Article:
Extinction "Hotspots" Revealed in New Study

December 12, 2005


This moniker of doom is destined for 794 species of animals and trees currently eking out an existence in 595 sites around the world, conservationists warned today.

Creatures in impending danger include whooping cranes on a Texas tidal flat, a type of rabbit on a Mexican volcano, penguins in the Galápagos Islands, and a species of pine tree in Australia.

"All these are spots where extinction is likely to strike next if we don't do anything," said Taylor Ricketts, director of science for the World Wildlife Fund in Washington, D.C.

"That 'if we dont do anything' is the big part of this idea," he added. "These places present the most clear opportunity to slow down and stem the extinction episode we are in now."

Ricketts and colleagues with the recently formed conservation group Alliance for Zero Extinction will publish their findings in the December 20 issue of the research journal Proceedings of the National Academy of Sciences.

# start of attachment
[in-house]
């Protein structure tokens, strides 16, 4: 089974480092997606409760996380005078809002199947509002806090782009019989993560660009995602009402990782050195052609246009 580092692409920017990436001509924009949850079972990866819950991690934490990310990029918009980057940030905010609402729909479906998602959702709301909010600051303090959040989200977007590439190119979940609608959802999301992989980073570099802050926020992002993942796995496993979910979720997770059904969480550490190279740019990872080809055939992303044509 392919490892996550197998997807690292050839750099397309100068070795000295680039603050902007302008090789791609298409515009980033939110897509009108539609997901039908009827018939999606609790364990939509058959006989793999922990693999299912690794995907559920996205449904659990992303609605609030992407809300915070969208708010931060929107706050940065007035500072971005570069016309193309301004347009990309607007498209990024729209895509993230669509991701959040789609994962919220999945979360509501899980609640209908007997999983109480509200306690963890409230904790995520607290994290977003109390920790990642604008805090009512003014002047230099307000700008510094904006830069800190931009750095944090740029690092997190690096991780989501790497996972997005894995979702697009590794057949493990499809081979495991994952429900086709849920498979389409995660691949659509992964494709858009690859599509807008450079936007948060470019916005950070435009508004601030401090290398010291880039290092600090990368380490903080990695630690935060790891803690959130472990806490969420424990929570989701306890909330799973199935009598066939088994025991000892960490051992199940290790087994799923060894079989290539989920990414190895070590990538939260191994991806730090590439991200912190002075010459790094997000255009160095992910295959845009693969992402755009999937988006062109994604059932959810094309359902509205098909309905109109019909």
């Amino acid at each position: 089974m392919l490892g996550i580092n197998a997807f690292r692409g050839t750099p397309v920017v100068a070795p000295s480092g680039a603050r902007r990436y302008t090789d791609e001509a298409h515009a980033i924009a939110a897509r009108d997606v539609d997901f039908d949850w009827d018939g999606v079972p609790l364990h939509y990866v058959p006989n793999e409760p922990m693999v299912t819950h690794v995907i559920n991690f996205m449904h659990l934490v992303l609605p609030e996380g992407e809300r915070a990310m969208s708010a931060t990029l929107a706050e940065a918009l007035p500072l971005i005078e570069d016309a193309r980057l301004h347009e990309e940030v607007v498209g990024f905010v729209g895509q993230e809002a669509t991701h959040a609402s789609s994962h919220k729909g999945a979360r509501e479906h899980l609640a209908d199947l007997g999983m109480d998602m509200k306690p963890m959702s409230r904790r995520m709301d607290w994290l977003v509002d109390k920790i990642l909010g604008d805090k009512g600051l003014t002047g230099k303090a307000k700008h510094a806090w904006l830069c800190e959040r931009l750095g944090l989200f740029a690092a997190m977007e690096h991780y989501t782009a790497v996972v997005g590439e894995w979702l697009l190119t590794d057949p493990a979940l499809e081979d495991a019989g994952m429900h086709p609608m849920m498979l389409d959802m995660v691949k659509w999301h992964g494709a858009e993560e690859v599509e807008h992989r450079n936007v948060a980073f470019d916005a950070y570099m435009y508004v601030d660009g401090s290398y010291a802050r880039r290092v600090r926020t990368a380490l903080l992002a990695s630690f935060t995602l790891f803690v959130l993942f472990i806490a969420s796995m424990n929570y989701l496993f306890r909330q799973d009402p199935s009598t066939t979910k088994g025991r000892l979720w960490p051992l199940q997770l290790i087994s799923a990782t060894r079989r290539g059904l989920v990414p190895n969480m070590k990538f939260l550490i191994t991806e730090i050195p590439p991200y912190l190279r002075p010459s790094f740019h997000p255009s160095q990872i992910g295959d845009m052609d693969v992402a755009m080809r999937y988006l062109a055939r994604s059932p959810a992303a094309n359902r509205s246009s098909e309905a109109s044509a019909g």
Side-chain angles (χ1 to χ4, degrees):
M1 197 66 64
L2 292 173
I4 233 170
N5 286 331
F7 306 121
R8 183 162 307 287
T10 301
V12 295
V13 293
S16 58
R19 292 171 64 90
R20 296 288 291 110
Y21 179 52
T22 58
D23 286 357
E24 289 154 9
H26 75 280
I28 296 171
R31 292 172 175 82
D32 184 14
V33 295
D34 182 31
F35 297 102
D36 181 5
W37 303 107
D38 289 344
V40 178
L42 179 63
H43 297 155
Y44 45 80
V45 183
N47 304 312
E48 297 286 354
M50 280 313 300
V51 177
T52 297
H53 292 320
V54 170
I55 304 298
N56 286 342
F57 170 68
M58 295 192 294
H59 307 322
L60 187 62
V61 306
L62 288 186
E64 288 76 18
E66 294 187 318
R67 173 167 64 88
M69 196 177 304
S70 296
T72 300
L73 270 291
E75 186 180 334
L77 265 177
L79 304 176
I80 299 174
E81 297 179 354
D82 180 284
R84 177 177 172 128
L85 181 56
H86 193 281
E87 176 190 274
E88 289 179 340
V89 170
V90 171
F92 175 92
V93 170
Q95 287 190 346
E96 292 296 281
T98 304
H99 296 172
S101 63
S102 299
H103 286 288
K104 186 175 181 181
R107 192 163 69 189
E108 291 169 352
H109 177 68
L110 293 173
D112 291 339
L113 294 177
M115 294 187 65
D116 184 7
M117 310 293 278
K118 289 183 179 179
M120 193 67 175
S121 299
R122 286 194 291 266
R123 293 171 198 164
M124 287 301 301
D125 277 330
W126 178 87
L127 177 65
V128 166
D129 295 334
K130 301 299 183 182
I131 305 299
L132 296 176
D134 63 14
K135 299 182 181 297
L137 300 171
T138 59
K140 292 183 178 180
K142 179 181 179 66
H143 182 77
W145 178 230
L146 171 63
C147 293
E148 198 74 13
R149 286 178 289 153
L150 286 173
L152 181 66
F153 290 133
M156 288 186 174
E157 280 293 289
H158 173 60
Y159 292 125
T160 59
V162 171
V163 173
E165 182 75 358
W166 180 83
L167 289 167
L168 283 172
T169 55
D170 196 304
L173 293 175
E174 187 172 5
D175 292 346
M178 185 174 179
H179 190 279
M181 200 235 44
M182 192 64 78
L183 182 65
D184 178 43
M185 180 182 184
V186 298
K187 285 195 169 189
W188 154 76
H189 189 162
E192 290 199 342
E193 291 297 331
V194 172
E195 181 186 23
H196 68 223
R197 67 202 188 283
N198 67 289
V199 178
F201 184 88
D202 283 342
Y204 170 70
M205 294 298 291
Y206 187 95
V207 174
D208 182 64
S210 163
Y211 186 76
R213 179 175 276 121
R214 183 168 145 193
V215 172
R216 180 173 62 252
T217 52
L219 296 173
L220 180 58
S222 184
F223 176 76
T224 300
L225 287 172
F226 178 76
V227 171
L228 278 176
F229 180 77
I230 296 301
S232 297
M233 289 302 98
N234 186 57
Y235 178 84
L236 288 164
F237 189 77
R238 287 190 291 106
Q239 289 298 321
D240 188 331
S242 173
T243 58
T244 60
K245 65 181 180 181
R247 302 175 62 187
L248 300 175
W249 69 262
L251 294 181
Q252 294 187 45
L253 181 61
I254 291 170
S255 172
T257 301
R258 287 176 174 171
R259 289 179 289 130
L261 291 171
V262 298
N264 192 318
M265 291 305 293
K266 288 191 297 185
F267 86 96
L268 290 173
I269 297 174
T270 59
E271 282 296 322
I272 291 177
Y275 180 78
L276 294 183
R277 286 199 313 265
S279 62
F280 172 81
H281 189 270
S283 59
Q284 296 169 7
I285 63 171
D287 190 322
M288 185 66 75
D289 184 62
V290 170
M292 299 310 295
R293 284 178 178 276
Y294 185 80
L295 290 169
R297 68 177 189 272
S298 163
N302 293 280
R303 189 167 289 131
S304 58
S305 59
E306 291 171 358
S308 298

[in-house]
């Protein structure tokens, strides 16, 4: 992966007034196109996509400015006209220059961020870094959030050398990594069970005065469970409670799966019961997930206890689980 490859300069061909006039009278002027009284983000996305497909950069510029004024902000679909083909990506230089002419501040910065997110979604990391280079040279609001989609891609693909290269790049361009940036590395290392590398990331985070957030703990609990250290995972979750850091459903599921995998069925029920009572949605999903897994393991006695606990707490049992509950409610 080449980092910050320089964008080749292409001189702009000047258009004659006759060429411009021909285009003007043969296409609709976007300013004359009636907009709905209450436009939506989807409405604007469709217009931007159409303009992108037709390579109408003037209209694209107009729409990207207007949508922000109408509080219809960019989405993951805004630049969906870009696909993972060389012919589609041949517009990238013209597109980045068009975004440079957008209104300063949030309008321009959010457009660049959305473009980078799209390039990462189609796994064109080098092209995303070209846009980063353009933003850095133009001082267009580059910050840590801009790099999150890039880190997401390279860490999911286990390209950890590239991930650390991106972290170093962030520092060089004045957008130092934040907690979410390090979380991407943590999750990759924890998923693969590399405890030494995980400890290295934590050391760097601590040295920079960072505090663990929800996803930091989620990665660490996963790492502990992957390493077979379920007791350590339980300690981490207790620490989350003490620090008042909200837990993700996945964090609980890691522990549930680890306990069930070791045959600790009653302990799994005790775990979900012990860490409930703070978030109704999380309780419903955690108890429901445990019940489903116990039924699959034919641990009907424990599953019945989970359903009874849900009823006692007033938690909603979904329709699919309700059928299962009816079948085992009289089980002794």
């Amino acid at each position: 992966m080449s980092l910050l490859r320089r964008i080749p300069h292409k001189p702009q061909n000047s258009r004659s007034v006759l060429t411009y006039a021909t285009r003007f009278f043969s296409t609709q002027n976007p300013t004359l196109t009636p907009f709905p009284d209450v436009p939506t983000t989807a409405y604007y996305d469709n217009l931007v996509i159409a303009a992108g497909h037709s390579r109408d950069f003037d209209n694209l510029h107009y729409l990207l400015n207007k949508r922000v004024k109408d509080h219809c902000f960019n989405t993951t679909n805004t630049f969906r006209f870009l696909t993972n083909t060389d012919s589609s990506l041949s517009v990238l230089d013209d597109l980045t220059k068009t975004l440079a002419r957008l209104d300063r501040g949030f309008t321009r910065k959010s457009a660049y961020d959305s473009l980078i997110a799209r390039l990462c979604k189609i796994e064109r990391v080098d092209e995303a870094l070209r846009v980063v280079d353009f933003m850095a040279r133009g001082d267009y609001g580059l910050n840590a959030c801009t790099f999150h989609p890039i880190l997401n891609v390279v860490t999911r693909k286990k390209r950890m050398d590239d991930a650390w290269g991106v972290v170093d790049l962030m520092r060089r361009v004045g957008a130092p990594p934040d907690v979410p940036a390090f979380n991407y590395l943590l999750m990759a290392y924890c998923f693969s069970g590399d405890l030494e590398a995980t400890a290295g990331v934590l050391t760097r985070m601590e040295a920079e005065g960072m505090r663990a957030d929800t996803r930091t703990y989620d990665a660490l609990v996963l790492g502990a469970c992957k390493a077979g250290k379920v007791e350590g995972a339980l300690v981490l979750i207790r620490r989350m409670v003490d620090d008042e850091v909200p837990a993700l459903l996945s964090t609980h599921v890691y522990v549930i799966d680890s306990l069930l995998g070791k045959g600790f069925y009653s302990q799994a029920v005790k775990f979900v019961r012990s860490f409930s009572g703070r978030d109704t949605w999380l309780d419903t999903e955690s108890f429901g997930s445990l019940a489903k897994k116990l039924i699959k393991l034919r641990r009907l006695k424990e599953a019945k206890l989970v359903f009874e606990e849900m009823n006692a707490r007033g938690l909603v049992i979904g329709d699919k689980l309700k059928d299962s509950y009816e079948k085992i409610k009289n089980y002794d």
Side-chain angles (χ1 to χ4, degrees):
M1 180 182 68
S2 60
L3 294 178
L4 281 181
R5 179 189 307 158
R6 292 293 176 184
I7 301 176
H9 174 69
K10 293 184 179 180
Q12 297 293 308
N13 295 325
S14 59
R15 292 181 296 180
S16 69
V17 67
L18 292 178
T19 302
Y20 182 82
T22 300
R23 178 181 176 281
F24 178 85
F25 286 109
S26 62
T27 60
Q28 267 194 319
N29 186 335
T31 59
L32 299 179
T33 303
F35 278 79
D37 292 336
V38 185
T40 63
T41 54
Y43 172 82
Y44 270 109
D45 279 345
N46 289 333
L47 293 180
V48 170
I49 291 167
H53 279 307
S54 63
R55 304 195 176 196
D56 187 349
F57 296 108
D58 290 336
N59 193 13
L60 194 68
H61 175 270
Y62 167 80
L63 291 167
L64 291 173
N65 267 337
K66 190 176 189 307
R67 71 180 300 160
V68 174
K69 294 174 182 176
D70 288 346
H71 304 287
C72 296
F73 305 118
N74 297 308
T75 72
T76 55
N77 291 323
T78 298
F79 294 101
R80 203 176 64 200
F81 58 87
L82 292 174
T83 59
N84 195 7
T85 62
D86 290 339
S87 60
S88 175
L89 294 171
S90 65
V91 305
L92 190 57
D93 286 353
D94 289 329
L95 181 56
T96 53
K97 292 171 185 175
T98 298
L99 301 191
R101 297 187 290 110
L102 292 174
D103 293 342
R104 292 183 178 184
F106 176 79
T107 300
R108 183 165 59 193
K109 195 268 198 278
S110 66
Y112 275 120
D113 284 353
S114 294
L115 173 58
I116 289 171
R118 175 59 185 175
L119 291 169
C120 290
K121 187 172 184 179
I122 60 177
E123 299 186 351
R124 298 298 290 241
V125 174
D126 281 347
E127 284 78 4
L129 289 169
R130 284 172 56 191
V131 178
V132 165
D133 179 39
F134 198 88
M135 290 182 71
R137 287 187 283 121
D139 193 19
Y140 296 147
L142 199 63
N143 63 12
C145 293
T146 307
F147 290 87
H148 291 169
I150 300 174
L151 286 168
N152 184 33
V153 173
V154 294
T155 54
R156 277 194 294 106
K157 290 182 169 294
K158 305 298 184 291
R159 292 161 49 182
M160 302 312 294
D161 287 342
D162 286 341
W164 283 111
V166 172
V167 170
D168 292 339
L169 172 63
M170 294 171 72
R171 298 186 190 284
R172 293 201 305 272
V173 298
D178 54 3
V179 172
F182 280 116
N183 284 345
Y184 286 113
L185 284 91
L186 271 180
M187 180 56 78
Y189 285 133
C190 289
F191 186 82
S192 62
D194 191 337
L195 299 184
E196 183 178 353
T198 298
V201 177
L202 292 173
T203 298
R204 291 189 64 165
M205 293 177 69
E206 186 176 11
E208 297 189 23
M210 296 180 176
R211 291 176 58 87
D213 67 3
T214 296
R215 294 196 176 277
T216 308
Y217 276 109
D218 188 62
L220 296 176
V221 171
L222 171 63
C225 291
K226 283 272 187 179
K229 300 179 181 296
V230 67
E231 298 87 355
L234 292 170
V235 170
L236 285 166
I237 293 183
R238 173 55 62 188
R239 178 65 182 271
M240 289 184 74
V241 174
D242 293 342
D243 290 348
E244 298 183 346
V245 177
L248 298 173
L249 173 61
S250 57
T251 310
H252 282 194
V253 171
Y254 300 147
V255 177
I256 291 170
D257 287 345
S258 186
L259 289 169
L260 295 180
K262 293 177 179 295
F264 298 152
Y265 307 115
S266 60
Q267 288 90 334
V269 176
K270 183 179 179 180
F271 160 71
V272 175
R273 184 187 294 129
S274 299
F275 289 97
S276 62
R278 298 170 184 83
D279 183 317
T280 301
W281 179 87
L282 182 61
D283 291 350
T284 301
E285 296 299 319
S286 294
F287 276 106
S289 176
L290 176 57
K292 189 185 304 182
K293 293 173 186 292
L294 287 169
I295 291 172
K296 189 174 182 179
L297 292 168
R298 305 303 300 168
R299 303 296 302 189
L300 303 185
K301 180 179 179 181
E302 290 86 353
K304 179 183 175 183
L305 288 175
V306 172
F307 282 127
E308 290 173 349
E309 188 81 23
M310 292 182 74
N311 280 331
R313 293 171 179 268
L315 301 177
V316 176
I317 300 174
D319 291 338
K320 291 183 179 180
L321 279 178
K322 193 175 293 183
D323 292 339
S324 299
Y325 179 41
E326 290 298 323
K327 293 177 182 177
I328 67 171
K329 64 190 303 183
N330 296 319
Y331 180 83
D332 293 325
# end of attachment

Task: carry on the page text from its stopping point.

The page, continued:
The paper pinpoints centers of imminent extinction, detailing which species are in peril and where they live.

According to Ricketts, the work suggests an immediate "no-brainer" strategy for preventing the looming extinctions at these sites: Protect the habitat that remains.

Stuart Pimm is a conservation ecologist at Duke University in Durham, North Carolina. He said the paper "does an outstanding job of identifying" tangible priority areas for conservation. "This is a hugely important contribution," he added.

Known Species and Sites

Sites included in the study have definable boundaries and contain within those bounds at least one internationally recognized endangered or critically endangered species.

The sites also represent habitats that are essential for the species' survival. Most of the sites are the only areas where a certain species is known to live or where a lone population of a migratory species, such as the whooping crane, spends part of the year.

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